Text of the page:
by Gail Falk
Reprinted from Plainfield Co-op Newsletter: Summer 2023
For the past five years Kagen Dewey and Elise Magnant have been supplying Plainfield Co-op shoppers with organic produce raised on land they leased from Littlewood Farm. Last November they moved to a farm of their own.
Last fall the stars aligned for Blackbird Organics. Longtime Co-op member Elinor (Randy) Randall and her daughter Dorigen Keeney decided to sell their 86-acre farm on Maple Hill. Maggie Donin of the Vermont Land Trust learned that Kagen Dewey and Elise Magnant were looking for a farm where they could settle permanently and expand their farming operations. She brought Randy and Dorigen together with Kagen and Elise up on Maple Hill, and it was pretty much love at first sight.
Who wouldn’t love the beautiful west-facing rolling hills of hay fields and forest with sweeping views of the Green Mountains? The farm came with eight tillable acres, a house, barn, chicken coop, Randy’s art studio, a stunning crafted stone wall, two ponds, apple trees, a guest or rental cottage, a large woodlot in Current Use – and Borzo the cat.
Buying a farm is no simple matter if you are not independently wealthy, but Blackbird Organics found itself with the kind of wrap-around support that Vermont can offer young farmers. Randy had already deeded a conservation and agricultural use easement on the land to the Vermont Land Trust, which sees supporting young farmers as one of its core missions. This lowered the price considerably. The Land Trust could offer a bridge contract while Kagen and Elise worked out the details of moving, financing and starting a farm. Nikki Lennart, a Farm Business Specialist at the Intervale in Burlington, helped Kagen develop a business plan, apply for grants, and learn bookkeeping, as well as connecting him with resources from UVM’s Extension Service.
“Dorigen acted very generously through the whole process,” Kagen says, letting them move into the house and start excavating and building the greenhouse while negotiations were still in process. Over the winter, Kagen and Elise completed construction of a spacious, sturdy greenhouse, so that just five months after moving in, they were able to welcome neighbors and friends to a big spring plant sale in late May.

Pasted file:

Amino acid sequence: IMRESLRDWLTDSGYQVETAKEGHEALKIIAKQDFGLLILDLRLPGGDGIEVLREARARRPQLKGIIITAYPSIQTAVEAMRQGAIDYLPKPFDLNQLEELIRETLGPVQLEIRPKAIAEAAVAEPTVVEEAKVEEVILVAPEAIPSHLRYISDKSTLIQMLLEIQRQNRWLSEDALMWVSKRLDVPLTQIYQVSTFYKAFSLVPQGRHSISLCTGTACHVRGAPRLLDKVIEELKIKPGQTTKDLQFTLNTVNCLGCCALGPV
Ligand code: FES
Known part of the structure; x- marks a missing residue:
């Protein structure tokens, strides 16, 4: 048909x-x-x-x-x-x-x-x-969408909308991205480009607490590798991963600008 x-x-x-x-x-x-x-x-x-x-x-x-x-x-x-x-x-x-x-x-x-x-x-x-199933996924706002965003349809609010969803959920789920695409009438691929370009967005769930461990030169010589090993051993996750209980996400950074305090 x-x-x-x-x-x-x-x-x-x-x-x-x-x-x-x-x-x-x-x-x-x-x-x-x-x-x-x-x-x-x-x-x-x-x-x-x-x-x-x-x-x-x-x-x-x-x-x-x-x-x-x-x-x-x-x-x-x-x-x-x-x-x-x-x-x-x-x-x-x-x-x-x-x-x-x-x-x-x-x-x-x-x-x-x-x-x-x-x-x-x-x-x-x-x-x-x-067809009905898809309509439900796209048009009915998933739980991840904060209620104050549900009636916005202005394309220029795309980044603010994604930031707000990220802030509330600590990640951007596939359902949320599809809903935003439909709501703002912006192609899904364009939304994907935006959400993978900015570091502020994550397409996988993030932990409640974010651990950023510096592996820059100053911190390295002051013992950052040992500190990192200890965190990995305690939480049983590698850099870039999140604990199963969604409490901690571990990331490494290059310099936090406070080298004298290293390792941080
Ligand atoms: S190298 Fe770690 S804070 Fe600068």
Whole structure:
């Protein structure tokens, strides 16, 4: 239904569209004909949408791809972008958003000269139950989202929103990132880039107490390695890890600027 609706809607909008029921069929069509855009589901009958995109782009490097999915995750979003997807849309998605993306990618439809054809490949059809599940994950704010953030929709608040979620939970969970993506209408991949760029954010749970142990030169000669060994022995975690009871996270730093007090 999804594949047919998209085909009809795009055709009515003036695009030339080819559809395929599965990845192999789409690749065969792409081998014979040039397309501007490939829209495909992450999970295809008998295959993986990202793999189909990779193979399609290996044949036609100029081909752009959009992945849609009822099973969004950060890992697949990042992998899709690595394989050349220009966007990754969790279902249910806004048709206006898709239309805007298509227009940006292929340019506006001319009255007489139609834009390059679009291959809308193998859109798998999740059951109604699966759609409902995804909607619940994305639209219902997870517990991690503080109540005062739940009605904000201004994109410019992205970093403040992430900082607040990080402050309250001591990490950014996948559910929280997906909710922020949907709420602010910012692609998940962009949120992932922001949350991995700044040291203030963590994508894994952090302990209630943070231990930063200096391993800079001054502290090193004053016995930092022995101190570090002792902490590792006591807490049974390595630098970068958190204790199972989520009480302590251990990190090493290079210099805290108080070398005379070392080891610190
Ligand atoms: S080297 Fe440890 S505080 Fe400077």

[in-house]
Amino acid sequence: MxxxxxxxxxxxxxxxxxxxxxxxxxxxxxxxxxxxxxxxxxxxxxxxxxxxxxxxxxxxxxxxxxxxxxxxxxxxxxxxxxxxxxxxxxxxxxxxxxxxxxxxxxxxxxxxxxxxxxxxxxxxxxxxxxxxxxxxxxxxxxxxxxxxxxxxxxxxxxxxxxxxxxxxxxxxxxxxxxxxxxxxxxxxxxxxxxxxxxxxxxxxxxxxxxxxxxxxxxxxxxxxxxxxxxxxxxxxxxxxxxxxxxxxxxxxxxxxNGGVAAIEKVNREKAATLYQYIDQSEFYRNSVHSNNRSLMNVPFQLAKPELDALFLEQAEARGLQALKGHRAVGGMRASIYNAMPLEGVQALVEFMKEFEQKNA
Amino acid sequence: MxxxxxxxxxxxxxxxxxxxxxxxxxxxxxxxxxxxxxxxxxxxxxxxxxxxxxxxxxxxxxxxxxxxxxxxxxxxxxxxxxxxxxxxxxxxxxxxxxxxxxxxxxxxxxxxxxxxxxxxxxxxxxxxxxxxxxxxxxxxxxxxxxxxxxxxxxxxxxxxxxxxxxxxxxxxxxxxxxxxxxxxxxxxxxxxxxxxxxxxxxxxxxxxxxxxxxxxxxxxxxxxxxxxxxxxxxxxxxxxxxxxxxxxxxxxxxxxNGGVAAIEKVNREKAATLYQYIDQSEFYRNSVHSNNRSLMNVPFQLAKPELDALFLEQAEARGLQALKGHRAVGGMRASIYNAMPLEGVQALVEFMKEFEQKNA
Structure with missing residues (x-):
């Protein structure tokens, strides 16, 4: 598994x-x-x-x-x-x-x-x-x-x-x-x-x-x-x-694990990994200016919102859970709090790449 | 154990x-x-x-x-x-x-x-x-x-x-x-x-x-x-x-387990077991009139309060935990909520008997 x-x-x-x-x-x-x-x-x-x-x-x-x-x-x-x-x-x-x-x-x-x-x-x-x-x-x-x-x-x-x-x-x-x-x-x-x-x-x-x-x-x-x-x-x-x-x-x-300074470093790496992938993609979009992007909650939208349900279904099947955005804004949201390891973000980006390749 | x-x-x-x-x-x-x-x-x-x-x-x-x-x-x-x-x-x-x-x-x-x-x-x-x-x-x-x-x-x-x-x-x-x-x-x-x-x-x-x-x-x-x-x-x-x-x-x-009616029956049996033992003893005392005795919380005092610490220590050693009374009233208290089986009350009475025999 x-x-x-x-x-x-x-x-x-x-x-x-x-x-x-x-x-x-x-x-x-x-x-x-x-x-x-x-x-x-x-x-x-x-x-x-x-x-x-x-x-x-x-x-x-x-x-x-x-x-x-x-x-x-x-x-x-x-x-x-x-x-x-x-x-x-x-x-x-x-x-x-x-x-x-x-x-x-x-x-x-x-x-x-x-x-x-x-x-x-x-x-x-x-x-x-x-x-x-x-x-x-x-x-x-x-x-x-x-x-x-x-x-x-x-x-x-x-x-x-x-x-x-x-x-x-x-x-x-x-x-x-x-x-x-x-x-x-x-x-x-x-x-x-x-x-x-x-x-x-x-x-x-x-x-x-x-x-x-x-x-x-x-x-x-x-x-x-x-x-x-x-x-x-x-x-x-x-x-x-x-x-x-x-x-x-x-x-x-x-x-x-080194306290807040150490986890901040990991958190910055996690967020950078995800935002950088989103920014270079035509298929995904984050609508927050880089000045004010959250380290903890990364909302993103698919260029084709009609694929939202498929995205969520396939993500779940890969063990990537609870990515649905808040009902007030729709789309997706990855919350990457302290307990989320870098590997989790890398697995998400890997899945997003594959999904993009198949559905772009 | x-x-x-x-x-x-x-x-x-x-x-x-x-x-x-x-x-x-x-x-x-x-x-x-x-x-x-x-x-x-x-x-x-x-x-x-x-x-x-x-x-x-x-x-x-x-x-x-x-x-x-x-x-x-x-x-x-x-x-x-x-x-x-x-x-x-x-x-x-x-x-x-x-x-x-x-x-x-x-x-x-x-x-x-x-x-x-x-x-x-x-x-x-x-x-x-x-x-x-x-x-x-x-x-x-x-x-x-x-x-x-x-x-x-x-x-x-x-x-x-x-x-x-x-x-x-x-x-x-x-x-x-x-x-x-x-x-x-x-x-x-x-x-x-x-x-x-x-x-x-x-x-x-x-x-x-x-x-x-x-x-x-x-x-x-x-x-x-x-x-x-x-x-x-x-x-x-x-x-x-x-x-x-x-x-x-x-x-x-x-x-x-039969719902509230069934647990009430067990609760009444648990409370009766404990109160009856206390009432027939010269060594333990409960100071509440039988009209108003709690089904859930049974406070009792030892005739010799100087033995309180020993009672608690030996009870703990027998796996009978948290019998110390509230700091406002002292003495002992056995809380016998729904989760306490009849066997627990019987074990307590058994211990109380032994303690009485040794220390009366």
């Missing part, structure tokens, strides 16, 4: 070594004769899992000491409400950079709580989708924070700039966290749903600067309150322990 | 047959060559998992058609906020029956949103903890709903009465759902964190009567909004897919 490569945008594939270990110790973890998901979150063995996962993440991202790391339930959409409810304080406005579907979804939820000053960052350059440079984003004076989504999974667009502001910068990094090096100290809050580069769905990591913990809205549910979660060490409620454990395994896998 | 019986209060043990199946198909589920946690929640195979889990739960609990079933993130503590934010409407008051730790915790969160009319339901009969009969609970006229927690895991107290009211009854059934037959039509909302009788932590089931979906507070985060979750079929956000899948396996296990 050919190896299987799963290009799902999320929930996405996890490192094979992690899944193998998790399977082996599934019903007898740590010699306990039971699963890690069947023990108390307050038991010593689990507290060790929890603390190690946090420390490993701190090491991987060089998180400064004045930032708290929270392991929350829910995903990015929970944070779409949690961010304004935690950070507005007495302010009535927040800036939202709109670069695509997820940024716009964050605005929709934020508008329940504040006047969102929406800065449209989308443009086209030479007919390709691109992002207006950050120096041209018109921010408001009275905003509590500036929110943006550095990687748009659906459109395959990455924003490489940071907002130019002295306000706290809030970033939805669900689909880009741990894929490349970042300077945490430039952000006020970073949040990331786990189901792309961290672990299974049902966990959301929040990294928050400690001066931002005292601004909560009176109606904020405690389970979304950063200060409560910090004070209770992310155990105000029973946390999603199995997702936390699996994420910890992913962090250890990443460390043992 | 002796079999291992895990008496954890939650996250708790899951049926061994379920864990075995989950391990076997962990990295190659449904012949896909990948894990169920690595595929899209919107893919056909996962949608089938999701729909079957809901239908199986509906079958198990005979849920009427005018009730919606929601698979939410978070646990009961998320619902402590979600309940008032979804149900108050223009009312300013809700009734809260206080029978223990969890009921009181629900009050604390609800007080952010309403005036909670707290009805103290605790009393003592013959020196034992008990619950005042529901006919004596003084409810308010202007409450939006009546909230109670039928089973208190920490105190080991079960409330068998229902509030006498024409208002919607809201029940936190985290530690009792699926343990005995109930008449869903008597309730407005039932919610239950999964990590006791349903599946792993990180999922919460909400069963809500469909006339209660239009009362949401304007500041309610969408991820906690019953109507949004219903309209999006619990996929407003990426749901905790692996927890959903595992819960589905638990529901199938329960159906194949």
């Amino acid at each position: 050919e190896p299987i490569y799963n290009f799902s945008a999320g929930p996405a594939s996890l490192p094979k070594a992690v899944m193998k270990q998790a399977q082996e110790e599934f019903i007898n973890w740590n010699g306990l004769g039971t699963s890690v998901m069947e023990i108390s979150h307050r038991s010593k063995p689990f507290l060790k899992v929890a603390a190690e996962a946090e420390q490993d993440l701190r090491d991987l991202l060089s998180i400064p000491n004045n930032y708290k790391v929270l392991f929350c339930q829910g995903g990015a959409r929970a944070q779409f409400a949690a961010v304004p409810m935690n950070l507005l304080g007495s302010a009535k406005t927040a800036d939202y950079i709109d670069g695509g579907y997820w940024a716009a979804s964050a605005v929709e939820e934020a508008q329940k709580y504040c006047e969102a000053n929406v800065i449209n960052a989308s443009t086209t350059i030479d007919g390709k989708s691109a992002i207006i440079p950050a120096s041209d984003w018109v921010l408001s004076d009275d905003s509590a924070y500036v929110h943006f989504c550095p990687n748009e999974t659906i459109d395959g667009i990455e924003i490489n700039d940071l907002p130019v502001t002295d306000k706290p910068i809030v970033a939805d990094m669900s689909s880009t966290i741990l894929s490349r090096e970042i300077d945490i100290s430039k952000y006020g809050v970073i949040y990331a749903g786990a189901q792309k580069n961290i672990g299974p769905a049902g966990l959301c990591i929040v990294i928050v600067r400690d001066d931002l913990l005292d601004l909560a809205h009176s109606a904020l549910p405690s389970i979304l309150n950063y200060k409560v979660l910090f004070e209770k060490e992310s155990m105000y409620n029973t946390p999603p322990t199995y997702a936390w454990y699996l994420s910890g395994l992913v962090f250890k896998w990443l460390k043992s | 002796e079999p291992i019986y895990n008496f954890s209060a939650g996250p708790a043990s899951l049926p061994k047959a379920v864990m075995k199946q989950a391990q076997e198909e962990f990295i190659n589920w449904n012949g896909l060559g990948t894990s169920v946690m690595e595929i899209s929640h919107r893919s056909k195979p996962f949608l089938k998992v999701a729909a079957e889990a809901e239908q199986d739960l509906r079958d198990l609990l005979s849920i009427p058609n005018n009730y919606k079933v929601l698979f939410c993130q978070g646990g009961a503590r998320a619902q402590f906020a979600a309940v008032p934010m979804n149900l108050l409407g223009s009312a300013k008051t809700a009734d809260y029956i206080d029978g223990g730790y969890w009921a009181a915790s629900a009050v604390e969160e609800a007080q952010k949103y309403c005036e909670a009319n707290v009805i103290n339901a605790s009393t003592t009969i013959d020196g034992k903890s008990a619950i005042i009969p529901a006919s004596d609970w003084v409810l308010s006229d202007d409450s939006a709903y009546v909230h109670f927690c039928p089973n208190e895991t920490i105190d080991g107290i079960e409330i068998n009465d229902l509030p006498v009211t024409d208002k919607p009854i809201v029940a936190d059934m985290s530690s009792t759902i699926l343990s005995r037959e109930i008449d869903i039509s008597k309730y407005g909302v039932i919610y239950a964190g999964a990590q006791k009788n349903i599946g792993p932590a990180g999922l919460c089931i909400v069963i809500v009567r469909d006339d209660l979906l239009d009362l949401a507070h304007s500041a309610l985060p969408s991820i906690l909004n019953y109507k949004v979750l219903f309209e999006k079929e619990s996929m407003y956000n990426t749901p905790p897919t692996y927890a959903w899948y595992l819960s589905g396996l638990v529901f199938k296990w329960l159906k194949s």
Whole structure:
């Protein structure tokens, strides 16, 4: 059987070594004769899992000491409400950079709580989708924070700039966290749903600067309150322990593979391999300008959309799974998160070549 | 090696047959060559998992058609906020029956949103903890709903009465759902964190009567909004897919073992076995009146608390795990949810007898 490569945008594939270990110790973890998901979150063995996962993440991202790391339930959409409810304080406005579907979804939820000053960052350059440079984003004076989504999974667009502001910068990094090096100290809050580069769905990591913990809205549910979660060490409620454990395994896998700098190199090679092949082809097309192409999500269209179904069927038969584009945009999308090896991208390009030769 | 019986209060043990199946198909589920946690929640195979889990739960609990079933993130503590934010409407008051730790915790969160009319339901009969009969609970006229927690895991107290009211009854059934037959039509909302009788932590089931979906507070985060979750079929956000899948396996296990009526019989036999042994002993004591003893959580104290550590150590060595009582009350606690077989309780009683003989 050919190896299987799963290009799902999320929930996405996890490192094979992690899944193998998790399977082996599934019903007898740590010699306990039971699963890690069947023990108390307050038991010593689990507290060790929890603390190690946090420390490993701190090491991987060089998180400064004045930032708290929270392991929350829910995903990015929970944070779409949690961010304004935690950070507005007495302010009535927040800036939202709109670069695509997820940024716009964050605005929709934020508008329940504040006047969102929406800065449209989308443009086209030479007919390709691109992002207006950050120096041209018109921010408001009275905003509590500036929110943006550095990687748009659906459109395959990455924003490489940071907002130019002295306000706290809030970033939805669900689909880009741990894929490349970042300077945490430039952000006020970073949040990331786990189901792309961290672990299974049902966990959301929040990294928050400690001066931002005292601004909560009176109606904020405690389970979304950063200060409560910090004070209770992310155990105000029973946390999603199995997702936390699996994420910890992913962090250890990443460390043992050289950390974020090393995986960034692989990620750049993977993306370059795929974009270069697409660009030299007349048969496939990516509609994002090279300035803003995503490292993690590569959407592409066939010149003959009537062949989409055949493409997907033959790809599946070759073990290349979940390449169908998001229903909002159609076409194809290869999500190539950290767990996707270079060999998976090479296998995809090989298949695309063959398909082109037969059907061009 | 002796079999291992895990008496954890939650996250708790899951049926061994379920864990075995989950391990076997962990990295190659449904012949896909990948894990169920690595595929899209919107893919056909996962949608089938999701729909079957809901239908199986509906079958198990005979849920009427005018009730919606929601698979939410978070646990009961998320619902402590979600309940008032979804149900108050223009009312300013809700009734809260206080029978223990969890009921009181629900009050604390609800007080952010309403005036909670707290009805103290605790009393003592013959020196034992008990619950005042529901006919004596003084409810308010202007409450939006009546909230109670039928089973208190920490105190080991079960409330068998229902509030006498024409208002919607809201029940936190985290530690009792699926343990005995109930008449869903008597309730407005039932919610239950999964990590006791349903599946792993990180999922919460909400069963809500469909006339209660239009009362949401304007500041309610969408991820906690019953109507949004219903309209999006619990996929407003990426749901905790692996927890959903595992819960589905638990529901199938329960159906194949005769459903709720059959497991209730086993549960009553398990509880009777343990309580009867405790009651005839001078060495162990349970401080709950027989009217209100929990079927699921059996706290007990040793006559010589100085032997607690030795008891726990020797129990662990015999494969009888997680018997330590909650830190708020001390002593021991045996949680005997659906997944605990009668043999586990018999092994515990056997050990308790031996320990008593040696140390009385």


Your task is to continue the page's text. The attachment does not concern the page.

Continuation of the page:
Describing the work ahead to convert the farm to organic vegetable and fruit farming, Kagen muses about the land’s evolution over the past hundred years from forest to sheep farm to dairy to hay farm with artist, and now to organic vegetables. (Neighbor Barry Kopecky has been haying the fields for 30 years, but he’s told Kagen he is ready to be done.)
To convert hay fields for vegetable crops, the first step is to plow up the sod. After plowing, they will plant cover crops, which are easier to till. “Agriculture fundamentally involves disrupting nature,” observes Kagen, “but there are wide variations in how that is done. Every choice involves trade-offs, so it’s important to be mindful of how our activity fits into the big picture.”
“The farm is an ecosystem,” he says, “and we are just one species in it. As a farmer, you are a link for consumers to tie into the food web. If you are eating our produce, you are a part of our farm’s ecosystem. I think the Plainfield Co-op and its membership understand that, which helps us feel supported in caring about how we do what we do.”
Kagen says that at the new farm he is trying to “recognize at every step the character of the land,” getting to know the microbial community and understand the hillside microclimate, which is different from the river valley fields at Littlewood. Much of the open land has “wonderful depth of arable soil,” he says, deposited eons ago on the leeward side of this glacial hill. He is thinking about pasturing chickens on some of the less tillable land.
As he muses about the possibilities this beautiful farmland offers and how he hopes to be a good steward, Kagen says “I cannot overemphasize how lucky we feel to be here.”
Blackbird Organics has a lease to continue to grow crops at Littlewood Farm. This year they are growing sweet corn, strawberries, and peppers, among other things, and Kagen sees the extra acreage as making it possible to rotate and rest fields on the two farms. Meanwhile, over at Littlewood Farm this spring, Betsy Ziegler and Joey Klein put on an annual plant sale, as they have for decades. Joey was there once again in charge of the plants, offering his wisdom and advice to gardeners old and new.
Joey is uncertain what the future holds for Littlewood Farm. He is pleased to lease the fields to Blackbird Organics for now, and, speaking of Kagen and Elise’s new farm on Maple Hill, he says with conviction, “I wish them all the luck in the world.” ❖
Photo credits: Gail Falk